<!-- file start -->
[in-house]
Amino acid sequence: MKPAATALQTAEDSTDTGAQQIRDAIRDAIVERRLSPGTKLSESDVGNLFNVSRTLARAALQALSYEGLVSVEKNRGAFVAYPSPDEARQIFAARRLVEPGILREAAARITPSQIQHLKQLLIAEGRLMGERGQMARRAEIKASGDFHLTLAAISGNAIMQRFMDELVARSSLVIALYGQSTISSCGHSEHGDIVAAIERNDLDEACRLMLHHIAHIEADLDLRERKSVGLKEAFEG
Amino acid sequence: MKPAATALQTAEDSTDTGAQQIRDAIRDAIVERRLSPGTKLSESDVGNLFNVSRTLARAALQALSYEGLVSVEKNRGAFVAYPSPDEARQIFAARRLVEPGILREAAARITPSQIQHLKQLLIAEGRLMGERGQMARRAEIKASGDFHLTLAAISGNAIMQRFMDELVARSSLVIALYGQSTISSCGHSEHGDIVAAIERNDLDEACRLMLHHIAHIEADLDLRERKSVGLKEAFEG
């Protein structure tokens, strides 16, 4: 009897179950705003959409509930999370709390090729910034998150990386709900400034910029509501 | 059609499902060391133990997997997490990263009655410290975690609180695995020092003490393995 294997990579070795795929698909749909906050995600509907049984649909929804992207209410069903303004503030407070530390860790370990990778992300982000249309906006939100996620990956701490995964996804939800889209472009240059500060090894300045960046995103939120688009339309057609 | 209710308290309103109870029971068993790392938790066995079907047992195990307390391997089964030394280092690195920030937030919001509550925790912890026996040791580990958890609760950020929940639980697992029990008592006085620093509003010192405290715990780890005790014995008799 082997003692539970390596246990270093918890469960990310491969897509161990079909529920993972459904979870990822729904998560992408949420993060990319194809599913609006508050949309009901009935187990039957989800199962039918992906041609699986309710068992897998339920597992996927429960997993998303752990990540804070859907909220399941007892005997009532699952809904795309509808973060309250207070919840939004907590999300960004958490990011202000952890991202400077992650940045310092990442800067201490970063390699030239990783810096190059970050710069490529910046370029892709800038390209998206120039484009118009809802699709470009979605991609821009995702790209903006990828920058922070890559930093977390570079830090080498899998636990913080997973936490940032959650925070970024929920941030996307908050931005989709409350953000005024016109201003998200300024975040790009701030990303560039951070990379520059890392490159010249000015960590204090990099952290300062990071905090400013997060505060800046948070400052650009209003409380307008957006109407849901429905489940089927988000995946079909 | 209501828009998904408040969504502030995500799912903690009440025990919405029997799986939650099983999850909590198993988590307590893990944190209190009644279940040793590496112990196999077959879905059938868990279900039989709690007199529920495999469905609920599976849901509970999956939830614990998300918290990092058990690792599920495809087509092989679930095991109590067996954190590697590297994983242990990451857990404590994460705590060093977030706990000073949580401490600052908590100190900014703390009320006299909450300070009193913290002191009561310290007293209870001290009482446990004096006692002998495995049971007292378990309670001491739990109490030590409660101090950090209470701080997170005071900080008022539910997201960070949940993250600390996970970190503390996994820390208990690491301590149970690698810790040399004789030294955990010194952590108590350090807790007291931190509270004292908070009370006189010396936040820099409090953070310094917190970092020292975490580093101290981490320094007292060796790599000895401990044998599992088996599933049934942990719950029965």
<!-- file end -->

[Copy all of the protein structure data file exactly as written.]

[in-house]
Amino acid sequence: MKPAATALQTAEDSTDTGAQQIRDAIRDAIVERRLSPGTKLSESDVGNLFNVSRTLARAALQALSYEGLVSVEKNRGAFVAYPSPDEARQIFAARRLVEPGILREAAARITPSQIQHLKQLLIAEGRLMGERGQMARRAEIKASGDFHLTLAAISGNAIMQRFMDELVARSSLVIALYGQSTISSCGHSEHGDIVAAIERNDLDEACRLMLHHIAHIEADLDLRERKSVGLKEAFEG
Amino acid sequence: MKPAATALQTAEDSTDTGAQQIRDAIRDAIVERRLSPGTKLSESDVGNLFNVSRTLARAALQALSYEGLVSVEKNRGAFVAYPSPDEARQIFAARRLVEPGILREAAARITPSQIQHLKQLLIAEGRLMGERGQMARRAEIKASGDFHLTLAAISGNAIMQRFMDELVARSSLVIALYGQSTISSCGHSEHGDIVAAIERNDLDEACRLMLHHIAHIEADLDLRERKSVGLKEAFEG
């Protein structure tokens, strides 16, 4: 009897179950705003959409509930999370709390090729910034998150990386709900400034910029509501 | 059609499902060391133990997997997490990263009655410290975690609180695995020092003490393995 294997990579070795795929698909749909906050995600509907049984649909929804992207209410069903303004503030407070530390860790370990990778992300982000249309906006939100996620990956701490995964996804939800889209472009240059500060090894300045960046995103939120688009339309057609 | 209710308290309103109870029971068993790392938790066995079907047992195990307390391997089964030394280092690195920030937030919001509550925790912890026996040791580990958890609760950020929940639980697992029990008592006085620093509003010192405290715990780890005790014995008799 082997003692539970390596246990270093918890469960990310491969897509161990079909529920993972459904979870990822729904998560992408949420993060990319194809599913609006508050949309009901009935187990039957989800199962039918992906041609699986309710068992897998339920597992996927429960997993998303752990990540804070859907909220399941007892005997009532699952809904795309509808973060309250207070919840939004907590999300960004958490990011202000952890991202400077992650940045310092990442800067201490970063390699030239990783810096190059970050710069490529910046370029892709800038390209998206120039484009118009809802699709470009979605991609821009995702790209903006990828920058922070890559930093977390570079830090080498899998636990913080997973936490940032959650925070970024929920941030996307908050931005989709409350953000005024016109201003998200300024975040790009701030990303560039951070990379520059890392490159010249000015960590204090990099952290300062990071905090400013997060505060800046948070400052650009209003409380307008957006109407849901429905489940089927988000995946079909 | 209501828009998904408040969504502030995500799912903690009440025990919405029997799986939650099983999850909590198993988590307590893990944190209190009644279940040793590496112990196999077959879905059938868990279900039989709690007199529920495999469905609920599976849901509970999956939830614990998300918290990092058990690792599920495809087509092989679930095991109590067996954190590697590297994983242990990451857990404590994460705590060093977030706990000073949580401490600052908590100190900014703390009320006299909450300070009193913290002191009561310290007293209870001290009482446990004096006692002998495995049971007292378990309670001491739990109490030590409660101090950090209470701080997170005071900080008022539910997201960070949940993250600390996970970190503390996994820390208990690491301590149970690698810790040399004789030294955990010194952590108590350090807790007291931190509270004292908070009370006189010396936040820099409090953070310094917190970092020292975490580093101290981490320094007292060796790599000895401990044998599992088996599933049934942990719950029965």